Sunday, July 14, 2024

What Is Copal? | POPSUGAR Smart Living

Must read


Smoke represents both the air and fire elements. It is important to many Indigenous spiritual rituals for its cleansing properties. Various herbs and resins are burned to create this sacred smoke, each carrying different meanings. Copal, a tree resin, produces a sacred smoke used in spiritual rituals and ceremonies for generations of Indigenous communities worldwide. Its distinctive, sweet smell sets it apart from other herbs and resins, as it produces a sensory experience that can help your spirit journey to the deepest parts of your self while inviting ancestors to participate alongside you. Burning copal can assist you in tapping into the crown chakra and clearing any obstructions to connect to spirit. Just as our ancestors used this sacred resin, it is still relevant and powerful today. As they used it to awaken and connect to their ancestors, we now do the same to connect to them. And so the cycle of Indigenous spiritual practices continues.

What Is Copal and Where Does It Come From?

Copal is tree resin from a copal tree. Before Spanish exploration and conquest, it was widely used by pre-Columbian Mesoamerican civilizations, which included parts of Mexico and Central and South America. Today, it is still used in spiritual practices around the world as a way to connect deeply to spirit.

“Traditionally, copal use comes from the Mexica traditions,” Yaqui Rodriguez, a healer and founder of Recuerdo Wellness, tells PS about the Nahuatl-speaking people known as the Aztecs, who called resin the blood of trees.

“Additionally, copal is found in Colombia, East Africa, and the Dominican Republic,” Rodriguez says, adding that it is important to purchase the sacred resin “from keepers connected to that spirit of the medicine, its sacredness, and when possible from the places of origin.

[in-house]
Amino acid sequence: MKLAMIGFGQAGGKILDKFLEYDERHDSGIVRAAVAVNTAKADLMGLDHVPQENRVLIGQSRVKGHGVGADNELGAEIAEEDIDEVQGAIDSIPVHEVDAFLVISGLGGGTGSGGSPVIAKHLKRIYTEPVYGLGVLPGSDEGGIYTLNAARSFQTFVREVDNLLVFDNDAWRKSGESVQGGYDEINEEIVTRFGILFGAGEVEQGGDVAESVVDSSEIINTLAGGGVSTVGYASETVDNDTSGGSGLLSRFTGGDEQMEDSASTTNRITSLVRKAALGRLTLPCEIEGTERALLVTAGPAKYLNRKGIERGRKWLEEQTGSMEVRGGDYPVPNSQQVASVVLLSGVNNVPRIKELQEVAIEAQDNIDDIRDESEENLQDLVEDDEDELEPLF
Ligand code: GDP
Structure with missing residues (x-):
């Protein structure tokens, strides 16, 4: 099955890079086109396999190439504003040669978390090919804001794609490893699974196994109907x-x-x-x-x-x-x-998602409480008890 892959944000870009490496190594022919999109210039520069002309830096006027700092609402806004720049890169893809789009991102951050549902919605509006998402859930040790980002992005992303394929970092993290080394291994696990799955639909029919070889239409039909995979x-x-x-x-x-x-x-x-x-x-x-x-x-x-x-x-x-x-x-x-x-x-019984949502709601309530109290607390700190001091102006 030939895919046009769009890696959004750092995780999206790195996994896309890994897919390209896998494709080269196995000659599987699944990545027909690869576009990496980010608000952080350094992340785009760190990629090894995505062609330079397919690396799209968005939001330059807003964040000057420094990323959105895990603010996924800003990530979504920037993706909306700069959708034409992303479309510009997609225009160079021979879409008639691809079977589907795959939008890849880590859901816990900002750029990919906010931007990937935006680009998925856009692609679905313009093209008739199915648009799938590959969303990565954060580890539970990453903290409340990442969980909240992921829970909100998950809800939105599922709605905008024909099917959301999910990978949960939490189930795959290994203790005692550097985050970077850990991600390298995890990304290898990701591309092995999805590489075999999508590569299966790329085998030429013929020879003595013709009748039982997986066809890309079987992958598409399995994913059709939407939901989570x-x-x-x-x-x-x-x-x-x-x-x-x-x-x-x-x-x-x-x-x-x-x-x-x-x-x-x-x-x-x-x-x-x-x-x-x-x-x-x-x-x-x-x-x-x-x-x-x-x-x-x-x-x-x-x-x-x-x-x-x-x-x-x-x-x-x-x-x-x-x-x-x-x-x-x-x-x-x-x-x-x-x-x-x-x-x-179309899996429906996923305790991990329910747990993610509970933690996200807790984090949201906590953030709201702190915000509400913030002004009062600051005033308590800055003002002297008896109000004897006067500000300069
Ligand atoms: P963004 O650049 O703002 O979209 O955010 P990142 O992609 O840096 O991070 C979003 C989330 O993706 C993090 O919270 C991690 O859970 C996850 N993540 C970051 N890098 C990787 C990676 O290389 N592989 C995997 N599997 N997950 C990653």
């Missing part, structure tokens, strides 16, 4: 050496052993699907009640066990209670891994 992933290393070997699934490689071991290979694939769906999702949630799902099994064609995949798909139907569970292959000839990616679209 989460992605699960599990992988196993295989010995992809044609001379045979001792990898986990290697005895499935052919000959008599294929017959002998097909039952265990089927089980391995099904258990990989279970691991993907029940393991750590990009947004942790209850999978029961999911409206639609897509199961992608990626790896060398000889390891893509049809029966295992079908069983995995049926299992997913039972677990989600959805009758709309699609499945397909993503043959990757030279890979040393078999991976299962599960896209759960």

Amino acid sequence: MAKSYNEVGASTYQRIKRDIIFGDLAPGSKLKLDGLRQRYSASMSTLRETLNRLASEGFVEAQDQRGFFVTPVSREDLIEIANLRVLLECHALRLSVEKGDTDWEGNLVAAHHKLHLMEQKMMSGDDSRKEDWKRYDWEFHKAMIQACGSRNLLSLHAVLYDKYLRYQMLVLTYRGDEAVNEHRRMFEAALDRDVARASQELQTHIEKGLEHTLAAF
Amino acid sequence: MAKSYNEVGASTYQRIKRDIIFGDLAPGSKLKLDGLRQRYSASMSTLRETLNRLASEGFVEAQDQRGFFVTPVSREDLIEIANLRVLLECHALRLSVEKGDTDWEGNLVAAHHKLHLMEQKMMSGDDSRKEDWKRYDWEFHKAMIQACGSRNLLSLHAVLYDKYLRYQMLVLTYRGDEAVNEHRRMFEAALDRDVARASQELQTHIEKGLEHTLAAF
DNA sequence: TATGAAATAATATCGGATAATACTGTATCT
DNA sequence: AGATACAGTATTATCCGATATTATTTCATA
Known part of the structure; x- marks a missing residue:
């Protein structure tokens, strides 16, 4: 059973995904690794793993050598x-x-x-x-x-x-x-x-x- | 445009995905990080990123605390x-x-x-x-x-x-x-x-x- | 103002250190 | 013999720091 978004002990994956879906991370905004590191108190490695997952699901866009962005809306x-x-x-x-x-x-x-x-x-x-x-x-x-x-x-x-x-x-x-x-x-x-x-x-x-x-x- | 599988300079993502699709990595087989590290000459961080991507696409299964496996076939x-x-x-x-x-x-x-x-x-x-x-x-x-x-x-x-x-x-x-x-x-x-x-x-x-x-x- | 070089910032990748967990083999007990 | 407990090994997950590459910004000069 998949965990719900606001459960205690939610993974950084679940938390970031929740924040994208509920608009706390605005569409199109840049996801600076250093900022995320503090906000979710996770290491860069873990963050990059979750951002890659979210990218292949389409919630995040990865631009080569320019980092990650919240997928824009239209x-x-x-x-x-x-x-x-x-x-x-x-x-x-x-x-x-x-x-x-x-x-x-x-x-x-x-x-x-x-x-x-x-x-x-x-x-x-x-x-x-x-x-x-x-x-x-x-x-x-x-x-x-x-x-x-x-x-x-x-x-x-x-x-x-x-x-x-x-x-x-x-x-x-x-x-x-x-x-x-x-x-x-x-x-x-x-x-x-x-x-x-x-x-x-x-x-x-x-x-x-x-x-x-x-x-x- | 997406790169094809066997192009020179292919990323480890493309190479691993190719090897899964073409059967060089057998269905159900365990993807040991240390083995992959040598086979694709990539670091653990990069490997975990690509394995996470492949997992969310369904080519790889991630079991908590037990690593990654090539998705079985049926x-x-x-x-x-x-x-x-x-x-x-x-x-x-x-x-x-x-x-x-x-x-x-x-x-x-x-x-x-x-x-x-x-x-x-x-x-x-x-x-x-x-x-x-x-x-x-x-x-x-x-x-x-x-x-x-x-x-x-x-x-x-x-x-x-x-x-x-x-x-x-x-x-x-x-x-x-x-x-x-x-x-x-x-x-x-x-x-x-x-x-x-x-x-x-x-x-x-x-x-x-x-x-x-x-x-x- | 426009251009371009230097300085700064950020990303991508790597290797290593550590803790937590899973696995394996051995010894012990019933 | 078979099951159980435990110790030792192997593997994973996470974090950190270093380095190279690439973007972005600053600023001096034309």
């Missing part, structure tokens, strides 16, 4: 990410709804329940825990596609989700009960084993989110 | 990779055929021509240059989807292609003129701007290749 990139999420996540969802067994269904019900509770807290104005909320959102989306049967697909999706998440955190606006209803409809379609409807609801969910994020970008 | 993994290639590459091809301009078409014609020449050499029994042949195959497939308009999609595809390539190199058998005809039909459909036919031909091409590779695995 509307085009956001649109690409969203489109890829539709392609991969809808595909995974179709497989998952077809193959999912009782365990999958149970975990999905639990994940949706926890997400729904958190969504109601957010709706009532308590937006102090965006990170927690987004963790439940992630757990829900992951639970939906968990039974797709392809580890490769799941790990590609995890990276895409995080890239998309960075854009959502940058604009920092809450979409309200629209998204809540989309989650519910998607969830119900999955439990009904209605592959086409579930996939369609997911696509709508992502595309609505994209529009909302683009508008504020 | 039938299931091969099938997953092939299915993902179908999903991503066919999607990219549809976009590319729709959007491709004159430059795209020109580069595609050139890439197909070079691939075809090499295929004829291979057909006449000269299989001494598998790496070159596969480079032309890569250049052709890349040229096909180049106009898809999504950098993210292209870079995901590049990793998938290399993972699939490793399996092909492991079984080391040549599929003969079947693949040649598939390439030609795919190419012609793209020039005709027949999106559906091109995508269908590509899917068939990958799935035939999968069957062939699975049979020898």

What Is Copal Used For?

“The sweet smell of copal acts as a bridge to connect with the spirit world,” Ana Mexia, a healer from Sonora, Mexico, tells PS. “One way I work with its energy is as an offering to the ancestors and the land.”

Mexia explains that when preparing ceremonies, rituals, or celebrations, she burns copal as an offering to grandparents and elders. Copal can also be used to prepare a space or a person for a ceremony, ritual, or any kind of spiritual work.

“Smudging copal with intention cleanses the energy of the space or person and can be very grounding,” Mexia says. “It’s important that this is done with intent, as copal amplifies your intention.”

Copal is used in annual celebrations like Dia de los Muertos to guide the spirits of the ancestors’ homes. The resin is also prominently used when working with tobacco, in teazels or ancestral shamanic rituals, and in psychedelic and cacao ceremonies.

“It’s also used for cleansing rituals or limpias, where people are smudged with copal to cleanse their energy and work through challenges and fears,” Mexia explains.

Rodriguez says copal can be quite powerful when used for one-on-one work. “The Mexica people believe that there isn’t only energetic and spiritually protective and healing properties, but physical ones.”